Yet Another Response to Stephen

Stephen calls me out for being mean-spirited and rude: “There’s no call for this sort of condescending and catty response to people who are trying their best to work through some difficult issues.” I think people who know me know that’s not the kind of person I am. In rereading my response I realize that my writing may have come off this way. That wasn’t my intent. My intent was to (1) voice my frustration that academics seem to enjoy problematizing things more than they enjoy trying to help you understand things, and to (2) provide a simple answer that covers the majority of cases, which I contend my definition does. If anyone interpreted today’s post as a personal attack, I’m sincerely sorry.

I won’t respond line-by-line to Stephen’s extraordinarily lengthy post. Just the most salient point. Stephen writes, “The totality of Wiley’s example works only if both questioner and answerer speak a common language, have common expectations about the states of affairs in the world, and are sufficiently familiar with each other that most of the trappings of communication can be assumed as given.”

I very clearly said that I was talking about the overwhelming majority of learning that happens in this world – not all of it. And while it’s true that there are some very privileged people like Stephen and I that converse across timezones and fulfill the other requirements necessary for Stephen’s later problematizations to work, those people and those interactions are in the minority. If you picked a random person out of the 7+ billion alive today and examined their daily communication (in which tiny bits of learning are continuously occurring), the odds are extremely high that “questioner and answerer speak a common language, have common expectations about the states of affairs in the world, and are sufficiently familiar with each other that most of the trappings of communication can be assumed as given.” Even for someone like me, who has a technology-enlarged social circle, many of my daily communications are with my family and close friends, still fulfilling Stephen’s requirements. Using his words, “the totality of Wiley’s example works” in these very, very common circumstances. The overwhelming majority of circumstances, I contend.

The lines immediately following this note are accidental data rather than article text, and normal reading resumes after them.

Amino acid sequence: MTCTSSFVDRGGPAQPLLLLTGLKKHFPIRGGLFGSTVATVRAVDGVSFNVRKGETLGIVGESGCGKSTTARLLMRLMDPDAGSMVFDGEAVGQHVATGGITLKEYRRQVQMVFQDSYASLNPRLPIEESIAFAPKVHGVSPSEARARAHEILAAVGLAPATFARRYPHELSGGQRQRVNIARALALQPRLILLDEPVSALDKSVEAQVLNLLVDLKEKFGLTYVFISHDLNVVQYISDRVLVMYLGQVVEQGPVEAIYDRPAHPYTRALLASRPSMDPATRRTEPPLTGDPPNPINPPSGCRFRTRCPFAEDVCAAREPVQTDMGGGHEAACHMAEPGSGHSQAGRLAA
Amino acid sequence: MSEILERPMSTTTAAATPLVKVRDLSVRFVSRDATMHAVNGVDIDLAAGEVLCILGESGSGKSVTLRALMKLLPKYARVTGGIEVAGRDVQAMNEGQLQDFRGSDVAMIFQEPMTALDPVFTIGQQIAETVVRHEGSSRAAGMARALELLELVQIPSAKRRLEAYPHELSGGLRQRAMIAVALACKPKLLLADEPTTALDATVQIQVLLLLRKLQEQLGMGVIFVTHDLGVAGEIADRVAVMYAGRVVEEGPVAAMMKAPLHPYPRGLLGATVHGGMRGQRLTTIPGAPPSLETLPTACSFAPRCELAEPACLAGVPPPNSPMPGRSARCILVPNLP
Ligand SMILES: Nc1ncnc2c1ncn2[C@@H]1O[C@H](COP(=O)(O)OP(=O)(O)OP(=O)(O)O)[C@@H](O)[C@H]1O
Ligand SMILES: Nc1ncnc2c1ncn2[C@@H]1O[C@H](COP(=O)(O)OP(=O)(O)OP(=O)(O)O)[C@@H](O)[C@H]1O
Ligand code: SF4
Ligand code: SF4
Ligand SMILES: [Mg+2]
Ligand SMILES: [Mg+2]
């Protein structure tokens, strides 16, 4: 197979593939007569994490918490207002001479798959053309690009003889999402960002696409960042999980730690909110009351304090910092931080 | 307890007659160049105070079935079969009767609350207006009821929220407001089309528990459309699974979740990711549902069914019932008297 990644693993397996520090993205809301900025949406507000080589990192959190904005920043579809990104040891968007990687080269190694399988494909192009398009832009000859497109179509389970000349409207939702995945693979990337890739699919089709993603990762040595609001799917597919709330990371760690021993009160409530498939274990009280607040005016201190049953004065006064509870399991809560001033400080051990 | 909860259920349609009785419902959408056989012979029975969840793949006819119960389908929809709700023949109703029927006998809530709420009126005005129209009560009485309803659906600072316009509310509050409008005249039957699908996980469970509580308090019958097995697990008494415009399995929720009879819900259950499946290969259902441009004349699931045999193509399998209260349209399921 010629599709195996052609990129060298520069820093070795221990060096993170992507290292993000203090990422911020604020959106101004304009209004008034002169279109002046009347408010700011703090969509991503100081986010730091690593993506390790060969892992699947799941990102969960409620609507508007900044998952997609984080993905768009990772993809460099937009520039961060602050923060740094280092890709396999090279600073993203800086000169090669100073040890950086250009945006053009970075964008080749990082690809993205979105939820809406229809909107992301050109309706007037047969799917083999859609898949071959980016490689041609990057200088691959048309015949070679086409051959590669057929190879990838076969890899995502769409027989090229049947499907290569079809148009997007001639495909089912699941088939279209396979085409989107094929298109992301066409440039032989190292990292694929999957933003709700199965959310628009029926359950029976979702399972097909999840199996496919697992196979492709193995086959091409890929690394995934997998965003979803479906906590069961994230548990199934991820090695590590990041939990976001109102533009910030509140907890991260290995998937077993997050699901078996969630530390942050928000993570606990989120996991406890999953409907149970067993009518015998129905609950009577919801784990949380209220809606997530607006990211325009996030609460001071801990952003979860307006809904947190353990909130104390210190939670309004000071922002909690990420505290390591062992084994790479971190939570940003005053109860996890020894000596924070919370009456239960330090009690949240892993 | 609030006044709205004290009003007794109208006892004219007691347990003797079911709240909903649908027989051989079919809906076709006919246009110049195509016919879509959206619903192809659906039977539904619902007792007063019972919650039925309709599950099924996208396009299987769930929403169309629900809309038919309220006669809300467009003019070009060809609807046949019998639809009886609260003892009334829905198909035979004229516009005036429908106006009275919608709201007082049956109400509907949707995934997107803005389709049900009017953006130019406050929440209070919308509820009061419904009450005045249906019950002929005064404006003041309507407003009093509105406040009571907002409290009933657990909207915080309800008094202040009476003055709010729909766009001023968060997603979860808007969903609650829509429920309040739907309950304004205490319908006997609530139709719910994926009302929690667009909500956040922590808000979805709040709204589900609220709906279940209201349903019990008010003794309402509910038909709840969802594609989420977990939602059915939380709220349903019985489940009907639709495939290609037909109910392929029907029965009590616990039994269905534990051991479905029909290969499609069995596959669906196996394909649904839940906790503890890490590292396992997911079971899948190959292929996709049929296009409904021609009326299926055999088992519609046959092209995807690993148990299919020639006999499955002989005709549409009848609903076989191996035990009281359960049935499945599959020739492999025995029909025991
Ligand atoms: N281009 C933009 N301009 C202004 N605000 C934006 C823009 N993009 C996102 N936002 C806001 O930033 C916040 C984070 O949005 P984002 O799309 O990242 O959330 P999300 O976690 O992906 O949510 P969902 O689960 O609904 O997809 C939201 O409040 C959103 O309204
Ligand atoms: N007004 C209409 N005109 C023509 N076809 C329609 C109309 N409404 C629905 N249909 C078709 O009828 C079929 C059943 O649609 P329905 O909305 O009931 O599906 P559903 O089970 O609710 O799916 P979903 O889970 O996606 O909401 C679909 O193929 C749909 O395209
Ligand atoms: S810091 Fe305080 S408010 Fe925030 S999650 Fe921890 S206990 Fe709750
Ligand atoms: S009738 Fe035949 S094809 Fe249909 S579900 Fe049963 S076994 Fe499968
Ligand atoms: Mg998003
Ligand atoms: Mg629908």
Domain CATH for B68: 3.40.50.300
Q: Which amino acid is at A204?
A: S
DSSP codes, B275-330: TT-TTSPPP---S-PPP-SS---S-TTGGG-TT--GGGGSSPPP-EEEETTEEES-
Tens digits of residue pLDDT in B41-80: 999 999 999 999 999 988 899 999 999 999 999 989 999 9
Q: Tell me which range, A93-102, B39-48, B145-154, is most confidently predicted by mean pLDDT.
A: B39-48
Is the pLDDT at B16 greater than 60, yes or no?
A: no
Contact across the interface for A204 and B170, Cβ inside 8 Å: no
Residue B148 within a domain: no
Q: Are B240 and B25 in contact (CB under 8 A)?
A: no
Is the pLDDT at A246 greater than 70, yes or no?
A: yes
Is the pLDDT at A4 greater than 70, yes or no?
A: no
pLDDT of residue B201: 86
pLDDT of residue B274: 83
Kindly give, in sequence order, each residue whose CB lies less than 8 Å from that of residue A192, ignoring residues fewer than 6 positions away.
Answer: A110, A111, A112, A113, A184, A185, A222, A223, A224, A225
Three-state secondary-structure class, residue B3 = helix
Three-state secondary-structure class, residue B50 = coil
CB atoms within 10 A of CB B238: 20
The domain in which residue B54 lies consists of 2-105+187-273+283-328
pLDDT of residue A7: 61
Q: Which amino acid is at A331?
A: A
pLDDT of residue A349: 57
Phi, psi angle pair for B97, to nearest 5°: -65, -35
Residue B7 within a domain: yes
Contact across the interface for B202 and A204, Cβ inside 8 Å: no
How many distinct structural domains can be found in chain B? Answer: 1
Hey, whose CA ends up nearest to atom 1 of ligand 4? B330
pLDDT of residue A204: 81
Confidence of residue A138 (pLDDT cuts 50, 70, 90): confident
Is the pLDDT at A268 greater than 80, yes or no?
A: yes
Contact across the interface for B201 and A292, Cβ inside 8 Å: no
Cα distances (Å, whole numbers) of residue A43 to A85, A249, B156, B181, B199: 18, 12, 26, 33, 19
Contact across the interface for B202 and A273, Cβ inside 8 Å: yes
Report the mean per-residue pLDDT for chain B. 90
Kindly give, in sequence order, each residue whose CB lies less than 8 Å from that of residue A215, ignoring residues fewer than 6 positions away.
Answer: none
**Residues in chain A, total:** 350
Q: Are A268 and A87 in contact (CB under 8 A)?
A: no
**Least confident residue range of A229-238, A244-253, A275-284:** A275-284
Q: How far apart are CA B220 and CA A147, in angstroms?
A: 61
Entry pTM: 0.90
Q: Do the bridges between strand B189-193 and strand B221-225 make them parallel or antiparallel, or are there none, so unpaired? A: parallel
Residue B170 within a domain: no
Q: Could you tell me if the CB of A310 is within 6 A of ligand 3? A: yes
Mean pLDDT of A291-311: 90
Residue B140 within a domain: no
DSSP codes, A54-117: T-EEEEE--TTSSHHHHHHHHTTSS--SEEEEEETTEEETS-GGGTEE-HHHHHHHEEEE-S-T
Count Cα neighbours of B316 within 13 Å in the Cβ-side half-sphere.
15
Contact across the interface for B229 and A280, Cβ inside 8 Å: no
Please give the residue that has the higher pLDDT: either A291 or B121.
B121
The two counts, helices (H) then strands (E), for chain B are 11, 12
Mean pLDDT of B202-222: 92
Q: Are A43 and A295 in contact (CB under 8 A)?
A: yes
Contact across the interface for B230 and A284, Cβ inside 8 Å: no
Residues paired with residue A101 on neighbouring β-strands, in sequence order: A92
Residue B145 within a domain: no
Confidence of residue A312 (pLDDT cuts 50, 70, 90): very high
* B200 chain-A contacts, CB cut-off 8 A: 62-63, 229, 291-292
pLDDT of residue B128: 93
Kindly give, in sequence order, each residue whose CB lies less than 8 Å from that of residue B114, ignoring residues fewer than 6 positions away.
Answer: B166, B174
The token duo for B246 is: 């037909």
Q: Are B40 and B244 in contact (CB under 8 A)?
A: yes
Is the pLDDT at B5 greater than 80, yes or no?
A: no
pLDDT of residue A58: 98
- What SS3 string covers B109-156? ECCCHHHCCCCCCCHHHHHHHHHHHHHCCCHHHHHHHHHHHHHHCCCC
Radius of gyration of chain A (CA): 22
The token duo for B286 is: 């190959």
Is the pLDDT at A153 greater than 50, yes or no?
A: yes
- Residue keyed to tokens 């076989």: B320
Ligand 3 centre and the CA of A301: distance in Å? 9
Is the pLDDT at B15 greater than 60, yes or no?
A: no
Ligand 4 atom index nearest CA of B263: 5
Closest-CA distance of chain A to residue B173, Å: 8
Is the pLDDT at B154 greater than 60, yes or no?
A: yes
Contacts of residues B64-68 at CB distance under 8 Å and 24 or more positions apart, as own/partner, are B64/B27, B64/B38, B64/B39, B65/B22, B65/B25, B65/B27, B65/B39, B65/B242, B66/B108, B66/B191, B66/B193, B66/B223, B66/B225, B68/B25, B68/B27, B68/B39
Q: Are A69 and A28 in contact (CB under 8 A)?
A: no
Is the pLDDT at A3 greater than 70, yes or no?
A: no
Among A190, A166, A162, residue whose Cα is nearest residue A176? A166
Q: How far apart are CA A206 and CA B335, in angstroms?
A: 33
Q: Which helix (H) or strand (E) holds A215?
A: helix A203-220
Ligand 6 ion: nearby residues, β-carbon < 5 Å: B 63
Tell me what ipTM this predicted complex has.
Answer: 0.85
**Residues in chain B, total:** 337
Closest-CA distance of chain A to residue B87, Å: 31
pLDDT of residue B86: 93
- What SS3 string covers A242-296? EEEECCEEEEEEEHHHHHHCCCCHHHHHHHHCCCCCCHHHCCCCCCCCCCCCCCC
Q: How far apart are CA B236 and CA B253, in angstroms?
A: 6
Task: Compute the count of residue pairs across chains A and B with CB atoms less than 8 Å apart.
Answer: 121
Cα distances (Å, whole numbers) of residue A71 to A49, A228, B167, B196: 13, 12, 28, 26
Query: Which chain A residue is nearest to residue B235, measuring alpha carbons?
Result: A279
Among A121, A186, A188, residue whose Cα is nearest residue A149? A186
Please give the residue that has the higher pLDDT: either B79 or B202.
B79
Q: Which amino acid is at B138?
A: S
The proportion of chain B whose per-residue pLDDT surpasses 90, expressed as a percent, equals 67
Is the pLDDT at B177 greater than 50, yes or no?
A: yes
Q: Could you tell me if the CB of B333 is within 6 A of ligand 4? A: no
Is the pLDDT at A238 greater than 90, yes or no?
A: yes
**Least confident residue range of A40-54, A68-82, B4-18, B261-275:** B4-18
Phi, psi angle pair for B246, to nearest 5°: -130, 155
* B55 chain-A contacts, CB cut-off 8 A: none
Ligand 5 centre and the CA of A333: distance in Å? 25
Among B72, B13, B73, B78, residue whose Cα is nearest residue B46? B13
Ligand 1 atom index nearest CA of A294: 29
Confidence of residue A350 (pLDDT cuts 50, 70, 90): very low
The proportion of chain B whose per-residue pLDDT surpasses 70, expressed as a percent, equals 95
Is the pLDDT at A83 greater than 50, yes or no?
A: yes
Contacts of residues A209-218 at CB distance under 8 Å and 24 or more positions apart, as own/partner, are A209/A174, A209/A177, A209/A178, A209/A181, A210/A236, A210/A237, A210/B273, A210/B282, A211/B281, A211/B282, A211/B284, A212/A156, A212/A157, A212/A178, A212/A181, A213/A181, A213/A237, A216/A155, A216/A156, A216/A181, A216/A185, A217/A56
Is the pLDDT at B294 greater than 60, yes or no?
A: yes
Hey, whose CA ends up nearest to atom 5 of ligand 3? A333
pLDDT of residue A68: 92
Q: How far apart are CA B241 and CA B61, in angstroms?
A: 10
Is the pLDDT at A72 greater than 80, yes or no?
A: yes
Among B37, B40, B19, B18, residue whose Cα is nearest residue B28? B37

Now, clearly, there are more complicated circumstances that necessitate a more complex learning process than a simple question / answer. I also stated this clearly in in my post. As I mentioned there, my thinking along these lines is heavily influenced by Pask’s ideas about conversation (and Shannon’s theory of information, which I didn’t describe in my post). I had no intention of going into my thoughts about this more nuanced and complex process in my original post, and don’t have time to do them justice now.

“People always think they can engineer things for a precise result,” he writes. I agree that this is true for the people who fail to recognize the agency (free will) that exists in every learner. As Reigeluth so cogently remarked, ‘All instructional approaches are probabilistic, not predictive.” Can we structure something that will guarantee that people will learn? I don’t believe so. Can we structure something that will increase the probability that someone will learn? Absolutely. Stephen and George must believe this, too, or they wouldn’t have invented the MOOC.